Hypermobile Ehlers-Danlos syndrome (hEDS) phenotype in fragile X premutation carriers: Case series

Nattaporn Tassanakijpanich, Forrest McKenzie, Yingratana A. McLennan, Elisabeth Makhoul, Flora Tassone, Mittal J. Jasoliya, Christopher Romney, Ignacio Cortina Petrasic, Kaye Napalinga, Caroline B. Buchanan, Paul Hagerman, Randi Hagerman, Emily L. Casanova

Research output: Contribution to journalArticlepeer-review

Abstract

Background: While an association between full mutation CGG-repeat expansions of the Fragile X Mental Retardation 1 (FMR1) gene and connective tissue problems are clearly described, problems in fragile X premutation carriers (fXPCs) CGG-repeat range (55-200 repeats) of the FMR1 gene may be overlooked. Objective: To report five FMR1 fXPCs cases with the hypermobile Ehlers-Danlos syndrome (hEDS) phenotype. Methods: We collected medical histories and FMR1 molecular measures from five cases who presented with joint hypermobility and loose connective tissue and met inclusion criteria for hEDS. Results: Five cases were female and ranged between 16 and 49 years. The range of CGG-repeat allele sizes ranged from 66 to 150 repeats. All had symptoms of hEDS since early childhood. Commonalities in molecular pathogenesis and coexisting conditions between the fXPCs and hEDS are also presented. The premutation can lead to a reduction of fragile X mental retardation protein, which is crucial in maintaining functions of the extracellular matrix-related proteins, particularly matrix metallopeptidase 9 and elastin. Moreover, elevated FMR1 messenger RNA causes sequestration of proteins, which results in RNA toxicity. Conclusion: Both hEDS phenotype and premutation involvement may co-occur because of related commonalities in pathogenesis.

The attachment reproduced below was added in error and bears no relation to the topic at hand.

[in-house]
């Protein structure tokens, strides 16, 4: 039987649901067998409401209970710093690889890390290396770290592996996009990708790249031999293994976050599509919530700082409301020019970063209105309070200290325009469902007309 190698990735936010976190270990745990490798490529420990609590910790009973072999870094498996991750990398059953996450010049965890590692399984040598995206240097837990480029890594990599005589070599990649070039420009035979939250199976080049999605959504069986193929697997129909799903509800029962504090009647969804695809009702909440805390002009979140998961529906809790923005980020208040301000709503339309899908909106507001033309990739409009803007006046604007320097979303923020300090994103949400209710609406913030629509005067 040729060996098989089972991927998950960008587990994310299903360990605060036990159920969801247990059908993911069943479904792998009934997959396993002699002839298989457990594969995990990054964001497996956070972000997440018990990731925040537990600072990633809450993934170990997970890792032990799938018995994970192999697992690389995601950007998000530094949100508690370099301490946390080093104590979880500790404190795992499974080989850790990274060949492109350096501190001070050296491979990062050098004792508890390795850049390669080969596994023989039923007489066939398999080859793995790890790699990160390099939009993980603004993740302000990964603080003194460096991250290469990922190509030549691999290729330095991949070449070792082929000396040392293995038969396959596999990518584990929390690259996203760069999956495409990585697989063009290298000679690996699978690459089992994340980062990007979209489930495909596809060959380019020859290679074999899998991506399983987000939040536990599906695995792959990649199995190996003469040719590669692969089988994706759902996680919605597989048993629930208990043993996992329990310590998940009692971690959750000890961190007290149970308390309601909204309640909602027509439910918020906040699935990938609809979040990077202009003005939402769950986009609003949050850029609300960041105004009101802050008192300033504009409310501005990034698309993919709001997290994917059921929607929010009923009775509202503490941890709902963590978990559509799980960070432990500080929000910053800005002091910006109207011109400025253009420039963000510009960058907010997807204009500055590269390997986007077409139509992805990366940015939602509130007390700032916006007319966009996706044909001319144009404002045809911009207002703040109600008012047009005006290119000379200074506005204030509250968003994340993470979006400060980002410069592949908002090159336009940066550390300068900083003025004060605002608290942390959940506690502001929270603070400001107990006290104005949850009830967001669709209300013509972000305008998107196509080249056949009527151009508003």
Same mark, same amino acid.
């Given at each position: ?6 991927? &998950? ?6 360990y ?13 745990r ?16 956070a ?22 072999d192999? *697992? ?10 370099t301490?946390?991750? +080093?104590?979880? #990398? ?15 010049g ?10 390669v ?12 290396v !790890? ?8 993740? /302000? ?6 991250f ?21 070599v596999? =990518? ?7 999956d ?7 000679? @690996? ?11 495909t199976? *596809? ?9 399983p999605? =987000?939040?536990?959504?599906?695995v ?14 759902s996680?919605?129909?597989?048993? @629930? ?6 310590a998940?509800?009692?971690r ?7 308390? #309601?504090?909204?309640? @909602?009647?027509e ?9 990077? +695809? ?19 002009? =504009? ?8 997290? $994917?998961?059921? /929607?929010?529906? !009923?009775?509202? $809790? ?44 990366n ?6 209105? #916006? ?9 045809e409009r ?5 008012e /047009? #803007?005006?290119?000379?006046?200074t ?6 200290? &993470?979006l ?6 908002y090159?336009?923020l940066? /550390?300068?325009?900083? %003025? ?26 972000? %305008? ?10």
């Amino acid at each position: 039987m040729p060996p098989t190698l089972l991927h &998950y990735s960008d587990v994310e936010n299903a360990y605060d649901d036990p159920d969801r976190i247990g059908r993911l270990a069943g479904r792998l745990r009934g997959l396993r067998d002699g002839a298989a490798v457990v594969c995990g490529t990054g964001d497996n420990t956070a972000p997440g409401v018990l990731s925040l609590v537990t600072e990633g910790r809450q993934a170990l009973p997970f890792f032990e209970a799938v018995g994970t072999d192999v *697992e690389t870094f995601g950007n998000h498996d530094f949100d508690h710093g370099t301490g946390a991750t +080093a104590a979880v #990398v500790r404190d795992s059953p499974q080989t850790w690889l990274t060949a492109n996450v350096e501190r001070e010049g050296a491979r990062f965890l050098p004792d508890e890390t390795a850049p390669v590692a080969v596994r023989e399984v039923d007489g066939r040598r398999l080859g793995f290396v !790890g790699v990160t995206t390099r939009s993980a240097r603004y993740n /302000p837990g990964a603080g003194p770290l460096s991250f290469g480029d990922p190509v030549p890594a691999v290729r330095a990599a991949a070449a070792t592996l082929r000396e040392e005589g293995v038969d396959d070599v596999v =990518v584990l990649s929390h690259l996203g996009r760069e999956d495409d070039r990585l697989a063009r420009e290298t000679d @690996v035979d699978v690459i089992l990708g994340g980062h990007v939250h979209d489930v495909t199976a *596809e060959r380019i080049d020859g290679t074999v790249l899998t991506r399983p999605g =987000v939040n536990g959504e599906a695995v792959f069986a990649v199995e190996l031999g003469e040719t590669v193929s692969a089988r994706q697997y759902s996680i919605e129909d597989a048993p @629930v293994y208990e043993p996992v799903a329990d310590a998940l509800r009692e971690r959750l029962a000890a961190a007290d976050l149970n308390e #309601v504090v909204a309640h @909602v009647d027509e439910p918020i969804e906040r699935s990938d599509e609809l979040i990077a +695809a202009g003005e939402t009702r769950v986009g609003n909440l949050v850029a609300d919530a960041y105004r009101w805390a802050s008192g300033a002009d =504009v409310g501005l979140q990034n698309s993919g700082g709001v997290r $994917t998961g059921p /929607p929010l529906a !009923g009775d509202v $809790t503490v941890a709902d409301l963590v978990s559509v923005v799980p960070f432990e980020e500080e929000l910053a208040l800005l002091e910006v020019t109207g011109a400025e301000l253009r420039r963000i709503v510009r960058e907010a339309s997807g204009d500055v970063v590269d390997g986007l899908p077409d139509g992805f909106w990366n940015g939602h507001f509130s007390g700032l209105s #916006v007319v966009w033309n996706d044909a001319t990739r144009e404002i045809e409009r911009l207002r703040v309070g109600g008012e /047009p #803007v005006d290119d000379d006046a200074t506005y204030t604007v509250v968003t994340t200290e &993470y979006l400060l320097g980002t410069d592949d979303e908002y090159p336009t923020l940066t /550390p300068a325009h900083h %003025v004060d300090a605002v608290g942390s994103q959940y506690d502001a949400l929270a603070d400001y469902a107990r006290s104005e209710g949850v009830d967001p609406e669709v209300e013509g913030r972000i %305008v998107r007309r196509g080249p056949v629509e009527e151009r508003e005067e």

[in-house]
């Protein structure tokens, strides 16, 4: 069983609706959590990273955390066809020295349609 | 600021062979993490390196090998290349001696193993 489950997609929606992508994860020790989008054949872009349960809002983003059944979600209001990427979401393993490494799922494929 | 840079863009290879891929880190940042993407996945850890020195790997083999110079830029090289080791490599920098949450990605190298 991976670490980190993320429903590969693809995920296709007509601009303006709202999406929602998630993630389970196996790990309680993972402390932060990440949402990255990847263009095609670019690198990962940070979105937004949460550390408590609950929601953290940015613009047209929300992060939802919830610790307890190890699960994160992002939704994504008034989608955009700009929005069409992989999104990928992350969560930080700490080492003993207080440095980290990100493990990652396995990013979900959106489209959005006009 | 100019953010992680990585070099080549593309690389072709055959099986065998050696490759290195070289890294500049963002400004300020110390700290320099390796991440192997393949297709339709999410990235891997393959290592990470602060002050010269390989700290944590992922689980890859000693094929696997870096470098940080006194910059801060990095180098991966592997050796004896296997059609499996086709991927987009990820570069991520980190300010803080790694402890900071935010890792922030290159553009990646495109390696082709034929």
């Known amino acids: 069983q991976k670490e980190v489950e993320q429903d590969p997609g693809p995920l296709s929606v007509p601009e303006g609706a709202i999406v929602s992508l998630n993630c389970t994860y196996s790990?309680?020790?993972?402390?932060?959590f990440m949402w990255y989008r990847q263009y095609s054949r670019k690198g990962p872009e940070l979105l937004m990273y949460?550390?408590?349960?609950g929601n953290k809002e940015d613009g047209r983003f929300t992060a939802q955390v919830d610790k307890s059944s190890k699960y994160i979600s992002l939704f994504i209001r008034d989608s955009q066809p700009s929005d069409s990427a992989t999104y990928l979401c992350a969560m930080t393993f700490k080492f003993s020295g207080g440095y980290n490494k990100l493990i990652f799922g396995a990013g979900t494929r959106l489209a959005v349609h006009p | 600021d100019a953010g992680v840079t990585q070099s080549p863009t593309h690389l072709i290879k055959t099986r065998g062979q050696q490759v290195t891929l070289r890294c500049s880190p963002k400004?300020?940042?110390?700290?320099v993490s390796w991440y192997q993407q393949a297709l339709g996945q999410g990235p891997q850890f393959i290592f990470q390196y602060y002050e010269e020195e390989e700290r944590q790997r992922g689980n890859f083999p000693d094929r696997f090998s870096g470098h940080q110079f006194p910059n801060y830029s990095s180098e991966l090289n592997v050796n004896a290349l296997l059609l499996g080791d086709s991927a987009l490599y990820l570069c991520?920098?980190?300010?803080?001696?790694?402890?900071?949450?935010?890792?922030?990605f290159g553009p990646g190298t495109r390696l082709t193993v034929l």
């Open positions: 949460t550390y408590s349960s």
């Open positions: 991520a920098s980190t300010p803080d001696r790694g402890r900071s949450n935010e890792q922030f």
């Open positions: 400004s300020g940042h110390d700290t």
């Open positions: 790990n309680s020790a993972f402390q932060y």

Original languageEnglish (US)
JournalJournal of medical genetics
DOIs
StateAccepted/In press - 2021

Keywords

  • gene expression
  • genetic predisposition to disease
  • genetics
  • human genetics
  • medical

ASJC Scopus subject areas

  • Genetics
  • Genetics(clinical)

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